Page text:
Peyton Manning: Comparisons to Andrew Luck Are Unfair to Star QB

Matt Fitzgerald@@MattFitz_geraldCorrespondent IIINovember 6, 2012

CINCINNATI, OH - NOVEMBER 04:  Peyton Manning #18 of the Denver Broncos throws a pass during the NFL game against the Cincinnati Bengals at Paul Brown Stadium on November 4, 2012 in Cincinnati, Ohio.  (Photo by Andy Lyons/Getty Images)
Andy Lyons/Getty Images

As fascinating as statistical comparisons are between Peyton Manning and Andrew Luck—particularly how eerily similar some of the parallels are—they are simply unfair to the Denver Broncos quarterback.

Luck is already an emerging star as the No. 1 overall pick, and among the crazy similarities between the numbers, ESPN's Adam Schefter documented one of the strangest coincidences:

Peyton Manning's passing yards this season: 2,404. Andrew Luck's passing yards this season: 2,404. Broncos 5-3, Colts 5-3.

— Adam Schefter (@AdamSchefter) November 5, 2012

Yep, the two have thrown for the exact same amount of yards in 2012. That's a fine comparison to make, since it's obviously taken Luck more attempts to get there with a lesser understanding of the game and a lesser supporting cast at his disposal.

But to argue that Luck has done more with less than Manning did in his first year with the Indianapolis Colts is ridiculous. It may be true to an extent, but it's more indicative of the times than anything.

Quarterbacks are so much more NFL-ready than they used to be when Manning was the No. 1 overall pick in the 1998 draft. Manning's adjustment period was short when compared to many of those before him and in the few years surrounding him.

Take the year immediately following Manning as a prime example: Tim Couch at No. 1 overall, Akili Smith at No. 3 and Cade McNown at 12th overall.

Sandwiched in there was also Donovan McNabb and Daunte Culpepper, but those aforementioned three completely fell on their faces.

Heck, it took Peyton's kid brother Eli three and a half seasons to adjust to life under center in the NFL.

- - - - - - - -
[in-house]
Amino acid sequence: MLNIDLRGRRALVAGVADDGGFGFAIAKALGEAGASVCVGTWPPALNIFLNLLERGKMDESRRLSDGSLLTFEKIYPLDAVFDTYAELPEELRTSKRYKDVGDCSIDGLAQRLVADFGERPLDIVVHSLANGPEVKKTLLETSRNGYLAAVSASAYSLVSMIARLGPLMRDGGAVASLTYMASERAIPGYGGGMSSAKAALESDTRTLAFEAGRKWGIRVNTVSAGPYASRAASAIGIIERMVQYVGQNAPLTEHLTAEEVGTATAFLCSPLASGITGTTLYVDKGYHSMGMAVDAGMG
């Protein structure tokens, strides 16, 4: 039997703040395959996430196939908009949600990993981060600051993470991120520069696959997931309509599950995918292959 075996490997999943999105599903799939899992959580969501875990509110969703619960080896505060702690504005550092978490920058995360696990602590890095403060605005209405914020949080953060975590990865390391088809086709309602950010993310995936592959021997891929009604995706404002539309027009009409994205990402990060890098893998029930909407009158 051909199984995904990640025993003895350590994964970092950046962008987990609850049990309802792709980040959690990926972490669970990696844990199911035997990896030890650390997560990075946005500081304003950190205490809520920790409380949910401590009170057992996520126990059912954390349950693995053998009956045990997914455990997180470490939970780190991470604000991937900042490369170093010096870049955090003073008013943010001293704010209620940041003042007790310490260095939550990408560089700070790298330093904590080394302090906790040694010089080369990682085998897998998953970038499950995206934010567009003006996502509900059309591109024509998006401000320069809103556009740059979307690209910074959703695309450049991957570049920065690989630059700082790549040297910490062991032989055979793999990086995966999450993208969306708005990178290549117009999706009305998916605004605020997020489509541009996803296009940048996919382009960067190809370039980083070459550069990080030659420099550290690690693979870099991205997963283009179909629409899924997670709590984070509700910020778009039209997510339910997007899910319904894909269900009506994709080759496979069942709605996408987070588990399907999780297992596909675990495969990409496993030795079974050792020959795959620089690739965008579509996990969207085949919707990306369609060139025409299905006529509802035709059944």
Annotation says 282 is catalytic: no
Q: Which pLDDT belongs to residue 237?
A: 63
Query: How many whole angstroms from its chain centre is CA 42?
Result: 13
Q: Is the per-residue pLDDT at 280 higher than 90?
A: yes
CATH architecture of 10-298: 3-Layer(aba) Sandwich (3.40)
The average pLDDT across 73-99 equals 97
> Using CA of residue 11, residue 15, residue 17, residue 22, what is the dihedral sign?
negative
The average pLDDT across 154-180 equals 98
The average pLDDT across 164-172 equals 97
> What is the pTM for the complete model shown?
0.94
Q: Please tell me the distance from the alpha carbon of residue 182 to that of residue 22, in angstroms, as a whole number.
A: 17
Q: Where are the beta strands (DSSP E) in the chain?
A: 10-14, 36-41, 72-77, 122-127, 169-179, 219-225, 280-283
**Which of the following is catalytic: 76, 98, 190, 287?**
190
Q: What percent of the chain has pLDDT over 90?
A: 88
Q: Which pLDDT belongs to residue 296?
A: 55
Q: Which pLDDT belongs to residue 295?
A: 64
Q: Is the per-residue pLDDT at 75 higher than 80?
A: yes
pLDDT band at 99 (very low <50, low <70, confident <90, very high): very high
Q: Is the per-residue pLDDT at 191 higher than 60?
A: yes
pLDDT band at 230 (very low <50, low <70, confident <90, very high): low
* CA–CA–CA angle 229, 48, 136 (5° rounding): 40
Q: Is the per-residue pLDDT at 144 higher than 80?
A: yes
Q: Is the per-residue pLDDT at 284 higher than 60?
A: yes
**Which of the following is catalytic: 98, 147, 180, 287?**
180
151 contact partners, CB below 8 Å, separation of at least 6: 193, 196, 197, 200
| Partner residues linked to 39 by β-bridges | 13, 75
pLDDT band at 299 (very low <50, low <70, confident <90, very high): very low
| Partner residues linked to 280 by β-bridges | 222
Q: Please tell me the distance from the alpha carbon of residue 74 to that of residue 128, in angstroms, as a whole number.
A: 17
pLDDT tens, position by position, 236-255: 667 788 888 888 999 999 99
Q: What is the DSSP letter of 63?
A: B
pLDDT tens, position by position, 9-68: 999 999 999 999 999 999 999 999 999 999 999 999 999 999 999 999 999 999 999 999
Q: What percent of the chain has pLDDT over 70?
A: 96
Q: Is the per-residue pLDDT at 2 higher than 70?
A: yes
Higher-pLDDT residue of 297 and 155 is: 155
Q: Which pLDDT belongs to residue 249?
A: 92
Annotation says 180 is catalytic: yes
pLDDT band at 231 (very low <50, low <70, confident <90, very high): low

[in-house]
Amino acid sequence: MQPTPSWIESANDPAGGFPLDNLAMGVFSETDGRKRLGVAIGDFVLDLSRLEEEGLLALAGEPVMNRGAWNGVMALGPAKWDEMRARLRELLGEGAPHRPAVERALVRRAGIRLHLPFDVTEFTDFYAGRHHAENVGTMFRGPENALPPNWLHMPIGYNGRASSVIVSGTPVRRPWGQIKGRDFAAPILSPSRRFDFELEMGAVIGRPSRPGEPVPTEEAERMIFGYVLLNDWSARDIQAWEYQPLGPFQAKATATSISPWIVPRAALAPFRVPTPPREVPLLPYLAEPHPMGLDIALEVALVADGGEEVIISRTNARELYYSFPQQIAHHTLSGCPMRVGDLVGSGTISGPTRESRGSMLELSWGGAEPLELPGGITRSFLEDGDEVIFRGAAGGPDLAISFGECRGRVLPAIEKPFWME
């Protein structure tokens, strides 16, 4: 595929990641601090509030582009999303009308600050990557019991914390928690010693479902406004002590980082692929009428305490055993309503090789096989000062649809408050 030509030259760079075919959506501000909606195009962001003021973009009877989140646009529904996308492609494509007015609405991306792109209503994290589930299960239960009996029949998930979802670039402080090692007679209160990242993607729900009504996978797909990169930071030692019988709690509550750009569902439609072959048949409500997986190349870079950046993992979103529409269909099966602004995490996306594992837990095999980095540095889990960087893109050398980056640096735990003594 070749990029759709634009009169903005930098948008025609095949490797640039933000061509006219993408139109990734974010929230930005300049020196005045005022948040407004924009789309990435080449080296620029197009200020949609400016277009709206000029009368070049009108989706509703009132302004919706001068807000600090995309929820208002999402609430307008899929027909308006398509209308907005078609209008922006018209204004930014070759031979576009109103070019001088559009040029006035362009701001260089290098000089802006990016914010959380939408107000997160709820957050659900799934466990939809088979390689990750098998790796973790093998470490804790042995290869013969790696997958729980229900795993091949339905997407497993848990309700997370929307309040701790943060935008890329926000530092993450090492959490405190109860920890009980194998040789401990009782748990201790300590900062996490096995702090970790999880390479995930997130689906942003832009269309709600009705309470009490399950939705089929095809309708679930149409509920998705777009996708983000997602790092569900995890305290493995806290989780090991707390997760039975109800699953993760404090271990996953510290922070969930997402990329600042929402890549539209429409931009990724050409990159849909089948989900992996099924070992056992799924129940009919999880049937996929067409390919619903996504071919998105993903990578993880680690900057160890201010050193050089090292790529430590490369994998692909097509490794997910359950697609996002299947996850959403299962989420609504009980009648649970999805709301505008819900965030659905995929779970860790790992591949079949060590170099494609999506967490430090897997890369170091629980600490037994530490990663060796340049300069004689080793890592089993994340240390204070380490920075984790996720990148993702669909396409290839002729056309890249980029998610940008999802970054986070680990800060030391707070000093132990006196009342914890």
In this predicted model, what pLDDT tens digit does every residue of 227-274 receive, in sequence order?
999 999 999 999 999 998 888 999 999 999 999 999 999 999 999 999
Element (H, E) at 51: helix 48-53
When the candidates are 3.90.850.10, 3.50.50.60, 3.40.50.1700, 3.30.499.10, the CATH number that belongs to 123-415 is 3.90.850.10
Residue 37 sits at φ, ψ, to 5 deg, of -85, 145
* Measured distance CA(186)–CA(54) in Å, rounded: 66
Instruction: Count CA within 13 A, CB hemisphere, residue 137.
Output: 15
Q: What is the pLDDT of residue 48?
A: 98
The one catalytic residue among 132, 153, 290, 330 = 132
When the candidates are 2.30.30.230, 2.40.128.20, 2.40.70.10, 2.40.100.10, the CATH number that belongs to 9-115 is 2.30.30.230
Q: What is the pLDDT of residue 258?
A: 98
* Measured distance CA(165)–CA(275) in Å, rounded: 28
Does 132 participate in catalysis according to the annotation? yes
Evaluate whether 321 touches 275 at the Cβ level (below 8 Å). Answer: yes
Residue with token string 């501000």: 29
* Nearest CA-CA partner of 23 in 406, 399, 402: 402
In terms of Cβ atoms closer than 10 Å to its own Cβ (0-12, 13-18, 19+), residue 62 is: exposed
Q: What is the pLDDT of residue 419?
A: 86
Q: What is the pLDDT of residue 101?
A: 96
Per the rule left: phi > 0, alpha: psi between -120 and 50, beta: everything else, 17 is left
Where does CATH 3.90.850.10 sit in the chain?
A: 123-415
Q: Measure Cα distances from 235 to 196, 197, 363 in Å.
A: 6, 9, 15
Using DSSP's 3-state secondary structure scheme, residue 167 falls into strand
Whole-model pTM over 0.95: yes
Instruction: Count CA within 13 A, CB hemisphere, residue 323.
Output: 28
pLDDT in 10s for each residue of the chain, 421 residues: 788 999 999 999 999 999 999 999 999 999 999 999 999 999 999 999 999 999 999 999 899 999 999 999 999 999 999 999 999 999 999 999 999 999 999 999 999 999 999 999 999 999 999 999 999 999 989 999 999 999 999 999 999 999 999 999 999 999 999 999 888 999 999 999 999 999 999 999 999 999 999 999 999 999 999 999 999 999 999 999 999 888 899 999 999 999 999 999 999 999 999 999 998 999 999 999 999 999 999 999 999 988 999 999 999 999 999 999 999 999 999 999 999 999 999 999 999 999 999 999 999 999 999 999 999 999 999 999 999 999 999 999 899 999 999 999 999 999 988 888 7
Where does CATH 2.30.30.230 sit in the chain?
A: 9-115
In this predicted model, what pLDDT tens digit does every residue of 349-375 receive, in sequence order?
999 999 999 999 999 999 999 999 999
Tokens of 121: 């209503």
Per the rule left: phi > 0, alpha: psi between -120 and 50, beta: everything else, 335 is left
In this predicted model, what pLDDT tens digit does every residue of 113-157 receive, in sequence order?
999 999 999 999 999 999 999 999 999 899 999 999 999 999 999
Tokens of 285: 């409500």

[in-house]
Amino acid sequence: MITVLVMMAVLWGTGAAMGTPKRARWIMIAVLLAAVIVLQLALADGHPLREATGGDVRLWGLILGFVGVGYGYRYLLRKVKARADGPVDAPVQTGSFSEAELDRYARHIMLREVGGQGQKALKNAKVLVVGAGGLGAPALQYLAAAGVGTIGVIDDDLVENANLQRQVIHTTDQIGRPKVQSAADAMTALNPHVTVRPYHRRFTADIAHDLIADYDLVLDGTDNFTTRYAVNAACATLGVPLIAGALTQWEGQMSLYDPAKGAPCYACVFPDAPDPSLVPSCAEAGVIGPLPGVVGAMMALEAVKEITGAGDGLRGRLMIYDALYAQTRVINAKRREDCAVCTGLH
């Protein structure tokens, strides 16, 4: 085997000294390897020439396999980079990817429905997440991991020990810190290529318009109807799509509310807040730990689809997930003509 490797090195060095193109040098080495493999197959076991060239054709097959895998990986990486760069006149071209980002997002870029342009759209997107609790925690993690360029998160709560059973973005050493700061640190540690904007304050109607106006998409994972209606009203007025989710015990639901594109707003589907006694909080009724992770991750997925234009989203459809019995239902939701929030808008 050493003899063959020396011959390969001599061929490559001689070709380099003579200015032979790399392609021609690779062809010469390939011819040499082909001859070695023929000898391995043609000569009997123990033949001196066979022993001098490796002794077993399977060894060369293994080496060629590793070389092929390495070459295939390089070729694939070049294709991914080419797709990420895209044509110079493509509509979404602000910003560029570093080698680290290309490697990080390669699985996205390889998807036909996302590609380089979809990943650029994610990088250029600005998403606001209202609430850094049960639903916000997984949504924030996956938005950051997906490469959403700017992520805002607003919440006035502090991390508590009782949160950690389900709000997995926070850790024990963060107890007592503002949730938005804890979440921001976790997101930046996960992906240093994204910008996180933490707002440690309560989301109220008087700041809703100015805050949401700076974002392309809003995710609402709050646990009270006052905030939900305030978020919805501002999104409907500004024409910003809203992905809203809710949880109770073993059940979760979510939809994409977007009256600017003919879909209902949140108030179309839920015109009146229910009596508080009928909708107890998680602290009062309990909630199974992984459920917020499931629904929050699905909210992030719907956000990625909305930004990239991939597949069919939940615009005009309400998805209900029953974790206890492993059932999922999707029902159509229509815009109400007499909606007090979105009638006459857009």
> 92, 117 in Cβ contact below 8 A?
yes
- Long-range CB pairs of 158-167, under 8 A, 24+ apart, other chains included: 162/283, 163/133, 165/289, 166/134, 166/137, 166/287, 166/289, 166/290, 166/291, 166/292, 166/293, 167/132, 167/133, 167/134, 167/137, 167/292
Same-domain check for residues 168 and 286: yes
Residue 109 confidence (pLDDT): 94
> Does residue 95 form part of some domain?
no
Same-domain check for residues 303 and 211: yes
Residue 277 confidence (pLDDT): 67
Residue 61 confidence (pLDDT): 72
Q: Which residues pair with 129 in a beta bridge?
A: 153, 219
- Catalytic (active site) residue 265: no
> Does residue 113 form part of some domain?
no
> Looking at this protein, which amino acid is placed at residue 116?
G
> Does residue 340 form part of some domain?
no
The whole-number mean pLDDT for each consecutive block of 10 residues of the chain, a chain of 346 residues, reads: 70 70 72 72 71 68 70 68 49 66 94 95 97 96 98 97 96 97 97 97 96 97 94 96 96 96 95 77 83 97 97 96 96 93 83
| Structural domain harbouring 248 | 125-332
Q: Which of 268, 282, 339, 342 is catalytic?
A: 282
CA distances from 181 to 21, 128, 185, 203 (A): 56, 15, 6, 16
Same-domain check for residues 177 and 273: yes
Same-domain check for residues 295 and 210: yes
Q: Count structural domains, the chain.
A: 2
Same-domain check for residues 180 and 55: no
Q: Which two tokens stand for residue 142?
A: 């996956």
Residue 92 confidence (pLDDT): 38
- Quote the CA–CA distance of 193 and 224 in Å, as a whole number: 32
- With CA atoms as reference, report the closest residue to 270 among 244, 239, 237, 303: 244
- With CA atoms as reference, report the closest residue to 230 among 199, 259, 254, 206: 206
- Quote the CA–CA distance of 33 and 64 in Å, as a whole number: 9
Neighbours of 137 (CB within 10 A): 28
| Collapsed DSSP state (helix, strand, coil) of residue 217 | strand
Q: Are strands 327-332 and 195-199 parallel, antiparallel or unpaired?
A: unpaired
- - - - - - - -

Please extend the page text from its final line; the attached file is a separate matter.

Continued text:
As amazing as Luck has been, he has had much better tutelage. He came from the University of Stanford, where he learned the position under former Indianapolis Colts QB Jim Harbaugh.

Luck's current coach, Bruce Arians, was the man who helped get Manning's pro career off the ground once upon a time in Indianapolis.

There are some similarities in how these quarterbacks are being groomed, but it's important to realize how well the very recent history of first-round QBs have fared.

The past five drafts have brought in Matt Ryan, Matthew Stafford, Mark Sanchez, Josh Freeman, Sam Bradford, Tim Tebow, Cam Newton, Jake Locker, Christian Ponder, Luck, Robert Griffin III, Ryan Tannehill and Brandon Weeden.

While the jury is still out on many of them, it is clear that all were ready to make some sort of impact on the league from Day 1. The vast majority of them have had exceptional success already, which wasn't the case when Manning was coming out of the draft.

By the standards set by recent highly touted QBs, Manning may have been benched before he got a chance to become a legend.

Passing numbers are higher than ever, training regimens continue to improve and Luck is simply a different physical being than Manning. He is a meaty, 6'4" 234-pound tank who can run deceptively fast in addition to being an outstanding pocket passer.

These two will always be compared over the long term, but to break down the rookie year of Manning against the rookie year Luck is having is irresponsible. Luck is just getting started, and he is way ahead of the curve Manning was learning at in 1998.

That's scary to think about—that Luck has so much more room to grow. But to even approach Manning's level of greatness, he has a long way to go.